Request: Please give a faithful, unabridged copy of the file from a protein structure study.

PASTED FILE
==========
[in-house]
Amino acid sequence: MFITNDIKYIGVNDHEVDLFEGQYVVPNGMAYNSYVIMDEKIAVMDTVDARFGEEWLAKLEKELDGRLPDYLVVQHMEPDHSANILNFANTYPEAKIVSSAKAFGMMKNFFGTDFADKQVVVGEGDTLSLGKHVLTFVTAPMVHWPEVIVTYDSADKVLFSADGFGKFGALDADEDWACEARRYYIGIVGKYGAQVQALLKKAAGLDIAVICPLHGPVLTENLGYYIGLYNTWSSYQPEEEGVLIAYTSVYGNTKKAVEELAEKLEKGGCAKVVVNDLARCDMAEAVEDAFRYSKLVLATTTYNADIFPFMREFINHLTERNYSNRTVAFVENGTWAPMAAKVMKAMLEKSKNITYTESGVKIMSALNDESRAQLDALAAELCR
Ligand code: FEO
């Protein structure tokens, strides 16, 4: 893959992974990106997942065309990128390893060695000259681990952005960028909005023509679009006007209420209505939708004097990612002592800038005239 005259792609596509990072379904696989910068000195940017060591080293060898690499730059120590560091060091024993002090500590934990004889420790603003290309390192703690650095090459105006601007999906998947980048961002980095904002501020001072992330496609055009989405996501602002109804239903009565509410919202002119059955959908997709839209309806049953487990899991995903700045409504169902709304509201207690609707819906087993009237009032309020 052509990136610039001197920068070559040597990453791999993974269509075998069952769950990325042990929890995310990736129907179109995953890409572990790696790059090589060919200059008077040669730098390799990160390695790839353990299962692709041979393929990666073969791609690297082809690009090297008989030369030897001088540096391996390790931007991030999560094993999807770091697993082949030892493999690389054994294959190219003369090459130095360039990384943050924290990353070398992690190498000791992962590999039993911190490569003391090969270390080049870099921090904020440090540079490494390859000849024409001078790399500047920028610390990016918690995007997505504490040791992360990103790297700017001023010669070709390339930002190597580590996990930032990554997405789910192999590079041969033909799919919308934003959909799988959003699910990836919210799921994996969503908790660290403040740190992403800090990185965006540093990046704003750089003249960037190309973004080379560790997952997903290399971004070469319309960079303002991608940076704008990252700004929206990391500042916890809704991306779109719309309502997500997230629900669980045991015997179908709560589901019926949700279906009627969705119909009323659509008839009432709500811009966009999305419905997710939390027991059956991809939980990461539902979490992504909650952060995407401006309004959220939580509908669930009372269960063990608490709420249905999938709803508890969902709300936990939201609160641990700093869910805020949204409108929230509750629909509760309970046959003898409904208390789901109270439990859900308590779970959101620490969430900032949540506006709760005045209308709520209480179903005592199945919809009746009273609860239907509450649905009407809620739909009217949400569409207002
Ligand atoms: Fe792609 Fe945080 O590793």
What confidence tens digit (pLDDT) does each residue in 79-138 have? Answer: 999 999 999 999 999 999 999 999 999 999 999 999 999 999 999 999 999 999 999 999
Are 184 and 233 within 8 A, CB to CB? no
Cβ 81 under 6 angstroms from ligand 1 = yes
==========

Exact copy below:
[in-house]
Amino acid sequence: MFITNDIKYIGVNDHEVDLFEGQYVVPNGMAYNSYVIMDEKIAVMDTVDARFGEEWLAKLEKELDGRLPDYLVVQHMEPDHSANILNFANTYPEAKIVSSAKAFGMMKNFFGTDFADKQVVVGEGDTLSLGKHVLTFVTAPMVHWPEVIVTYDSADKVLFSADGFGKFGALDADEDWACEARRYYIGIVGKYGAQVQALLKKAAGLDIAVICPLHGPVLTENLGYYIGLYNTWSSYQPEEEGVLIAYTSVYGNTKKAVEELAEKLEKGGCAKVVVNDLARCDMAEAVEDAFRYSKLVLATTTYNADIFPFMREFINHLTERNYSNRTVAFVENGTWAPMAAKVMKAMLEKSKNITYTESGVKIMSALNDESRAQLDALAAELCR
Ligand code: FEO
């Protein structure tokens, strides 16, 4: 893959992974990106997942065309990128390893060695000259681990952005960028909005023509679009006007209420209505939708004097990612002592800038005239 005259792609596509990072379904696989910068000195940017060591080293060898690499730059120590560091060091024993002090500590934990004889420790603003290309390192703690650095090459105006601007999906998947980048961002980095904002501020001072992330496609055009989405996501602002109804239903009565509410919202002119059955959908997709839209309806049953487990899991995903700045409504169902709304509201207690609707819906087993009237009032309020 052509990136610039001197920068070559040597990453791999993974269509075998069952769950990325042990929890995310990736129907179109995953890409572990790696790059090589060919200059008077040669730098390799990160390695790839353990299962692709041979393929990666073969791609690297082809690009090297008989030369030897001088540096391996390790931007991030999560094993999807770091697993082949030892493999690389054994294959190219003369090459130095360039990384943050924290990353070398992690190498000791992962590999039993911190490569003391090969270390080049870099921090904020440090540079490494390859000849024409001078790399500047920028610390990016918690995007997505504490040791992360990103790297700017001023010669070709390339930002190597580590996990930032990554997405789910192999590079041969033909799919919308934003959909799988959003699910990836919210799921994996969503908790660290403040740190992403800090990185965006540093990046704003750089003249960037190309973004080379560790997952997903290399971004070469319309960079303002991608940076704008990252700004929206990391500042916890809704991306779109719309309502997500997230629900669980045991015997179908709560589901019926949700279906009627969705119909009323659509008839009432709500811009966009999305419905997710939390027991059956991809939980990461539902979490992504909650952060995407401006309004959220939580509908669930009372269960063990608490709420249905999938709803508890969902709300936990939201609160641990700093869910805020949204409108929230509750629909509760309970046959003898409904208390789901109270439990859900308590779970959101620490969430900032949540506006709760005045209308709520209480179903005592199945919809009746009273609860239907509450649905009407809620739909009217949400569409207002
Ligand atoms: Fe792609 Fe945080 O590793």
What confidence tens digit (pLDDT) does each residue in 79-138 have? Answer: 999 999 999 999 999 999 999 999 999 999 999 999 999 999 999 999 999 999 999 999
Are 184 and 233 within 8 A, CB to CB? no
Cβ 81 under 6 angstroms from ligand 1 = yes